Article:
The Trade-Related Investment Measures (TRIMS) Agreement deals with policies that are considered inconsistent with GATT. An illustrative list includes such measures as minimum local content and trade balancing requirements. Developing countries have to eliminate inconsistent measures by 1 January 2000, least-developed countries by 1 January 2002.
Again, developing countries say there is too little time for too many changes. They would also like to retain the flexibility to choose investment promotion policies that they consider necessary to fulfil their developmental needs, including some of those listed as inconsistent with GATT.
Furthermore, some developing countries say they missed the boat: they were unable to notify some of their investment measures in time (they had to do this immediately) and they cannot now apply these measures.
Sanitary and phytosanitary measures and technical barriers to trade
Sanitary and phytosanitary (SPS) measures deal with animal and plant health and safety, and food safety. The Technical Barriers to Trade (TBT) Agreement deals with other technical standards. Both agreements say that members have to take into account the special needs of developing countries when they prepare these regulations. However, developing countries feel they are excluded from the creation of international standards and are often expected to comply with standards that go beyond their technical ability or financial capacity.
Improved market access for developing countries exports
Developing countries say market access has not met expectations for their exports in two areas: agriculture and textiles. They recognize that the letter of the agreements has not been violated, but they feel that the spirit of these agreements has not been honoured.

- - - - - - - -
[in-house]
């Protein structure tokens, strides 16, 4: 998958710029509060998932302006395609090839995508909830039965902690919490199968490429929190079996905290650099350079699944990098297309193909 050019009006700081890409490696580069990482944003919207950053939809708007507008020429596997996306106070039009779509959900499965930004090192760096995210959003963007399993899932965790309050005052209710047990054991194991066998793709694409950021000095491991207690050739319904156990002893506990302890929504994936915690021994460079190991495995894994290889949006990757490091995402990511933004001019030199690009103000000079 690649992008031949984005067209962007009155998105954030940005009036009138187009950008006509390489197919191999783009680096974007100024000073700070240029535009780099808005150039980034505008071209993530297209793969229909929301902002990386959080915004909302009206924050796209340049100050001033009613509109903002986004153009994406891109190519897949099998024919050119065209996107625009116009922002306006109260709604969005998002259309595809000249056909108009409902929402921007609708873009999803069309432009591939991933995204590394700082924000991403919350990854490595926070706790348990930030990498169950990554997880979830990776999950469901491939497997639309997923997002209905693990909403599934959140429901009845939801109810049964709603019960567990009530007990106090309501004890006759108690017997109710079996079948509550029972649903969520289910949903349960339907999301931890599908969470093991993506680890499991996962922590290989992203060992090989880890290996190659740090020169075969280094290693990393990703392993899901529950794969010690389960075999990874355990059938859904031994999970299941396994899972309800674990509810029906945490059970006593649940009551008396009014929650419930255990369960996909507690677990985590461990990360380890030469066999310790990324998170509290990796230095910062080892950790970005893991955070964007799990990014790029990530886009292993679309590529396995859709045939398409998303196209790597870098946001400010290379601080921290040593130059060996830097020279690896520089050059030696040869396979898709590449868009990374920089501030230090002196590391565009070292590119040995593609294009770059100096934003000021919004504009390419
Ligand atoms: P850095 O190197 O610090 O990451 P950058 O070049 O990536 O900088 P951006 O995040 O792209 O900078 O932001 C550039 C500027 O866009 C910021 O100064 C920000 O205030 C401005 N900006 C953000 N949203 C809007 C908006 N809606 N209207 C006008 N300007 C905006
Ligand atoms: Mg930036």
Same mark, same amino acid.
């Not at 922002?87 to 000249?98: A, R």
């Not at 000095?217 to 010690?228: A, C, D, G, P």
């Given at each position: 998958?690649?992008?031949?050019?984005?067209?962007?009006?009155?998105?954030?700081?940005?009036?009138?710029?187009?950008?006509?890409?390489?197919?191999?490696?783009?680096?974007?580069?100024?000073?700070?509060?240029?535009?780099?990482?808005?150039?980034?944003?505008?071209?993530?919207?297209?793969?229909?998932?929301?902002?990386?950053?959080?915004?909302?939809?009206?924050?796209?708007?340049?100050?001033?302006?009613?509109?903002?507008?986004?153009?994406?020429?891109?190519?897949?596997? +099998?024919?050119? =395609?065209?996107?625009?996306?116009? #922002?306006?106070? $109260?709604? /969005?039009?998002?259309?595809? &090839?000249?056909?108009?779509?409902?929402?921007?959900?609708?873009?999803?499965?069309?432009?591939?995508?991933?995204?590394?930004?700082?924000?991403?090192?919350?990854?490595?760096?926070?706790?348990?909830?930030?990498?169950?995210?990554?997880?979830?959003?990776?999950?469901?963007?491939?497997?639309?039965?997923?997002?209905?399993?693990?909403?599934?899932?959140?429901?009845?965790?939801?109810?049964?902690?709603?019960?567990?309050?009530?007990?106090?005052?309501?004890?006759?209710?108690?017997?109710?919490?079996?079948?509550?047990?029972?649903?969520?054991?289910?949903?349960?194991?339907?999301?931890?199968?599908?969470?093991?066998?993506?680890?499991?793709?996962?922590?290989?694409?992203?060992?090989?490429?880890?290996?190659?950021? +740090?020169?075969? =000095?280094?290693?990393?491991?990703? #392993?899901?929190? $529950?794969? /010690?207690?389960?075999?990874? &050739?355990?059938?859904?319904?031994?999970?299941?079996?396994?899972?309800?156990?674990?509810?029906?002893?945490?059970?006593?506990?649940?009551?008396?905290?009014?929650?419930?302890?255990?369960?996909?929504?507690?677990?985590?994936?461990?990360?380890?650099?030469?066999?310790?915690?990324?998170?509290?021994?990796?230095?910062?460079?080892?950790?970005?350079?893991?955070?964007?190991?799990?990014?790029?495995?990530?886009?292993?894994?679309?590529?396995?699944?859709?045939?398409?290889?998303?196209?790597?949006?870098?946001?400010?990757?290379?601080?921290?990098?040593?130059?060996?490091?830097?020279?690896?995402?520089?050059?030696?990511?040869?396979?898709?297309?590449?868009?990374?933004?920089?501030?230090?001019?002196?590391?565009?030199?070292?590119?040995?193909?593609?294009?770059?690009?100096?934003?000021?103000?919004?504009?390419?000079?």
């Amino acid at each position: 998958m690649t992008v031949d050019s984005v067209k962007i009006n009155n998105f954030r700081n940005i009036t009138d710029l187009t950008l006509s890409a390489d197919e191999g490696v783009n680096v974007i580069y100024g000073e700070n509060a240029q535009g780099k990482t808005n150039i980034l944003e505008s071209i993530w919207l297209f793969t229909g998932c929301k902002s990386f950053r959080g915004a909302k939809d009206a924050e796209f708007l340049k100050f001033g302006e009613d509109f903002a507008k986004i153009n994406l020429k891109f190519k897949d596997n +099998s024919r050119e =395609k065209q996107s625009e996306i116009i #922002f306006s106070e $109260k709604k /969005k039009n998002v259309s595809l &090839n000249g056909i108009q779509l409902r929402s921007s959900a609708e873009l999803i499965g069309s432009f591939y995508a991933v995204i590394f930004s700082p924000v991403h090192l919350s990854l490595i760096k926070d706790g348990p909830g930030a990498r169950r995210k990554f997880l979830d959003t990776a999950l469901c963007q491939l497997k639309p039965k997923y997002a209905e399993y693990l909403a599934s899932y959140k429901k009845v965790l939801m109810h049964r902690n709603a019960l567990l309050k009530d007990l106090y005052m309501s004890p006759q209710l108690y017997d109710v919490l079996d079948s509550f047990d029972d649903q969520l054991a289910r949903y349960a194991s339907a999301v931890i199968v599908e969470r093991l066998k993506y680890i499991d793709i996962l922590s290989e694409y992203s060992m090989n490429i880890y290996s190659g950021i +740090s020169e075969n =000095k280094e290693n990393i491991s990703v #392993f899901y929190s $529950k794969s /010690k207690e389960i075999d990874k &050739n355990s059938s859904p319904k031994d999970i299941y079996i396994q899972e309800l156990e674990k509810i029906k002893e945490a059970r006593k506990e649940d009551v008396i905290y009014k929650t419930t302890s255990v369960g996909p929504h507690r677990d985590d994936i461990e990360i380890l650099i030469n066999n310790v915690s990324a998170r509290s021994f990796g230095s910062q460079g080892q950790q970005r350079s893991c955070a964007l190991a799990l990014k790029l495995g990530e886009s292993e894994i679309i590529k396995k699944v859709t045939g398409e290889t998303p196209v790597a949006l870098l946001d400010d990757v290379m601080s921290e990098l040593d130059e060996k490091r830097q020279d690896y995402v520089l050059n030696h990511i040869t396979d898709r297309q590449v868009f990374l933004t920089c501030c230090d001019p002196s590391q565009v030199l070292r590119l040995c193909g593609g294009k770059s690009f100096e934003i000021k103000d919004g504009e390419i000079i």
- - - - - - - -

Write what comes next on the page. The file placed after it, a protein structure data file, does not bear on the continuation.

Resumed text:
Developing countries complaints focus on some extremely high tariffs, tariff escalation (higher tariffs on processed goods than on raw materials, which penalizes processing in exporting countries), the difficulties in gaining access to markets through tariff quotas and the trade-distorting effects of subsidies. They are calling for lower barriers on agricultural goods that they export.
Textiles and Clothing
The WTOs Agreement on Textiles and Clothing does two things. Over a 10-year period, it integrates the sector into GATT rules, and as part of that process it phases out quotas. Developing countries complain that although 33 per cent of trade has been integrated as committed, only a few quotas have actually been removed. They add that what little market access has resulted from the implementation of the agreement has been cancelled out by measures taken by the importing countries, such as transitional safeguards, anti-dumping actions and discriminatory rules of origin.
Possible outcome from Seattle
Several developing countries have submitted specific wish-lists to the WTO General Council. These include:
- the creation of a working group to look at implementation issues
- converting all S&D provisions into concrete commitments
- tighter restrictions on the use of anti-dumping measures
- allowing developing countries more flexibility in applying food, animal and plant health and safety (SPS) measures to their products
- enabling developing countries to participate more in bodies which set food safety and technical standards
- speeding up the integration of textiles and clothing products into GATT rules
- allowing developing countries more time and greater flexibility to implement the agreements on investment measures (TRIMs) and intellectual property (TRIPS)
- allowing developing countries greater flexibility to subsidize agriculture
- tighter restrictions in the use of subsidies by developed countries in agriculture
These issues could be up for discussion in Seattle or in the negotiations that follow.
This term implies more than simply giving developing countries special treatment, i.e. preferential market access, and exemptions or longer time periods to implement certain provisions. It also includes the idea that the developing countries do not need to reciprocate.